By Christian Leonard
and Wes Woods II
La Cañada Flintridge City Council members expressed doubts this week about the current need for the regulation of motorized scooters, electric bikes and other shared mobility devices, leaving the matter to the state.
Carl Alameda, LCF’s director of administrative services, raised the subject during Tuesday night’s council meeting at City Hall. He explained that the city staff had found a potential option to address concerns, raised in a February council meeting, that the devices could present safety hazards to the public or that some areas could be oversaturated with them.
The potential solution was the management platform Digital Unity. According to company representative Scott Frankel, who spoke during the meeting, the platform’s services include allowing cities to monitor where the devices are located and to enforce ordinances with automated citations. Users are also able to locate devices from any of the providers with a single app.
“From our standpoint, [Digital Unity] allows us to better enforce the ordinance, because we can audit it through the system,” Alameda said.
However, the conversation soon steered toward questions of whether residents wanted the shared mobility devices. Brown said that though the city has placed no regulations on them, aside from those listed in the California Vehicle Code, companies offering the use of the devices have not shown a strong presence in LCF.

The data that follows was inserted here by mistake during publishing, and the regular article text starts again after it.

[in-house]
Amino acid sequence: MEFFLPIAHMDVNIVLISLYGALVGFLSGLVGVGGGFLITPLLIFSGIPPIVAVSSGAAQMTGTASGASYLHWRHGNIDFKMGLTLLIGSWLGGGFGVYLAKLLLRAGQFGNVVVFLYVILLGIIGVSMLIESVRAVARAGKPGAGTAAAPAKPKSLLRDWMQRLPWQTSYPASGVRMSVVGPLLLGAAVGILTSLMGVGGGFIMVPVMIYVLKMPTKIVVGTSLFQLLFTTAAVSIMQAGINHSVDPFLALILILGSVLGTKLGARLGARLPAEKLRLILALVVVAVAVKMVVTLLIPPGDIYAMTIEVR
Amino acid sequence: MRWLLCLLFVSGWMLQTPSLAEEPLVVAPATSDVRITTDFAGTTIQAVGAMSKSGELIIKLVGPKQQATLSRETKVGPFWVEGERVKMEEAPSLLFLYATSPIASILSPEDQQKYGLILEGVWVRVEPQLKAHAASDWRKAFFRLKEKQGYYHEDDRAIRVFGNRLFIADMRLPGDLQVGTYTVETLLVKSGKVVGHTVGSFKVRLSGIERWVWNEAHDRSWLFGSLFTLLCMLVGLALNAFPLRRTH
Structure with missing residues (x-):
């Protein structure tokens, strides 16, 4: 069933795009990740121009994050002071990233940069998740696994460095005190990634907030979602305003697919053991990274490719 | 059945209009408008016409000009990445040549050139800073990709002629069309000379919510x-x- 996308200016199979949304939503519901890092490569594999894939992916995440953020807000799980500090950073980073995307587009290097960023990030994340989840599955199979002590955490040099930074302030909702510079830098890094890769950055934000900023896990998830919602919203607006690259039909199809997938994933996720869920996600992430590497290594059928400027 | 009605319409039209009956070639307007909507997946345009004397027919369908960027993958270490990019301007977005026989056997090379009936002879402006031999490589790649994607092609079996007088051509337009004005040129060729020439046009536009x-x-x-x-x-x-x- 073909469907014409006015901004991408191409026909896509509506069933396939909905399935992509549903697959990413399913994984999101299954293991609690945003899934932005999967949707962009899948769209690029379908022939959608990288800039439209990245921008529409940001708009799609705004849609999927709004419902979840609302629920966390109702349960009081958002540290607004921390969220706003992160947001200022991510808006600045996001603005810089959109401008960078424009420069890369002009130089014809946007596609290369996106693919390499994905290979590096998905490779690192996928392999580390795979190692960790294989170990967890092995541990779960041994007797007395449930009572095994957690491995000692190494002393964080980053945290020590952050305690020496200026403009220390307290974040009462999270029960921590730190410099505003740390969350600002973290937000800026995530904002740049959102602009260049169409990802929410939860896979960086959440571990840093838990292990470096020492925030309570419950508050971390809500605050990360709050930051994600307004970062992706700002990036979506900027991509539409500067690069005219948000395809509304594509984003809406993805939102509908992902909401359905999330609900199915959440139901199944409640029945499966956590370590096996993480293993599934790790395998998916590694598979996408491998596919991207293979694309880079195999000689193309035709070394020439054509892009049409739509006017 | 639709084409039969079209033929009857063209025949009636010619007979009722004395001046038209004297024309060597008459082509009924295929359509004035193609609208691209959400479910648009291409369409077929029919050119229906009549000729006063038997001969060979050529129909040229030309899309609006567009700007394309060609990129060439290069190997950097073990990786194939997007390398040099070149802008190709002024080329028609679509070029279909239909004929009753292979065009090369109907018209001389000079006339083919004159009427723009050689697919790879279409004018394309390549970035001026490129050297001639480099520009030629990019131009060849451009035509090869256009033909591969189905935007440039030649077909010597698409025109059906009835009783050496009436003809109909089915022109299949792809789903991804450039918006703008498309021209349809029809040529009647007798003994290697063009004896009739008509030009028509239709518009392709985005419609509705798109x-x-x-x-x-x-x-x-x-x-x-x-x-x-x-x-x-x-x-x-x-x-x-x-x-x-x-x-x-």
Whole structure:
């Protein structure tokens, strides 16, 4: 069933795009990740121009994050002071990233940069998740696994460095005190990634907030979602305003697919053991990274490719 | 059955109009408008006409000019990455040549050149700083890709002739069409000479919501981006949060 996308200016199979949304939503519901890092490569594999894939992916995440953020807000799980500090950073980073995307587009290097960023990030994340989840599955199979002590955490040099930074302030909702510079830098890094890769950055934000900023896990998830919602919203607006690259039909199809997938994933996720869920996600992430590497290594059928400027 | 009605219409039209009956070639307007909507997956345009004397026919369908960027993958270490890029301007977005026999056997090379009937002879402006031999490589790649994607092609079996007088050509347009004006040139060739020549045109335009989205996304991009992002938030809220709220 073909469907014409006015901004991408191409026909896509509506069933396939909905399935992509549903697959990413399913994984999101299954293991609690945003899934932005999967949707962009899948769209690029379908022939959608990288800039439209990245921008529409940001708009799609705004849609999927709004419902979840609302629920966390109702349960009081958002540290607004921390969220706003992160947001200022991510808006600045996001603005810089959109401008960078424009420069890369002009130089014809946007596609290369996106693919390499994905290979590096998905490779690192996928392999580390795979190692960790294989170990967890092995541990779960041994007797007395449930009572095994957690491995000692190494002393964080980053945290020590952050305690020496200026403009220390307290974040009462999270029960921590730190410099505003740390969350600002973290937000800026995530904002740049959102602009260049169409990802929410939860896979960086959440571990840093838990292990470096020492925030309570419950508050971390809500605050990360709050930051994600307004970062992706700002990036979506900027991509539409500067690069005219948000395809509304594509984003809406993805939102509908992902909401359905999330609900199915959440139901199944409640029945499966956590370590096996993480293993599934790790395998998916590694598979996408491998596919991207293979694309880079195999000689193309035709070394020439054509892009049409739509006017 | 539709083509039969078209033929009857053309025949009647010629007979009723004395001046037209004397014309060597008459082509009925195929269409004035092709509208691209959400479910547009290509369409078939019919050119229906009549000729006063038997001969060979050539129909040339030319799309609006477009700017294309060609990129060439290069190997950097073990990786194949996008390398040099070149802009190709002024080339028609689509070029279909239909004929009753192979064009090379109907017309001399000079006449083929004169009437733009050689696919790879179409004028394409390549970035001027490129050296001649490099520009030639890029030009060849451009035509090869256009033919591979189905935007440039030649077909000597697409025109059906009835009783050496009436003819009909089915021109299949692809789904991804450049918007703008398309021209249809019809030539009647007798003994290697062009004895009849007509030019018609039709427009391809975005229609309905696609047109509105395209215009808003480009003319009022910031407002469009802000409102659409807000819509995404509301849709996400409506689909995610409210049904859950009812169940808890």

“Right now, this is a solution in search of a problem for La Cañada. It’s just not a problem and it’s not even anything that we’re seeing truly being demanded,” he said.
Alameda said that the city would be “ahead of the game,” as the state code does not offer many regulations of the devices the city had sought. But Councilwoman Terry Walker echoed part of her colleague’s concerns, saying that though she believed an ordinance was necessary, she didn’t see a current need for the Digital Unity service.
Interim City Attorney Adrian Guerra noted that there is some uncertainty about the amount of authority cities have under California law to regulate the devices. As an example, he explained that state law allows motorized scooters to be parked on sidewalks as long as they do not obstruct pedestrian traffic. He also noted after the meeting that after Beverly Hills banned electric scooters in 2018, device provider Bird sued the city.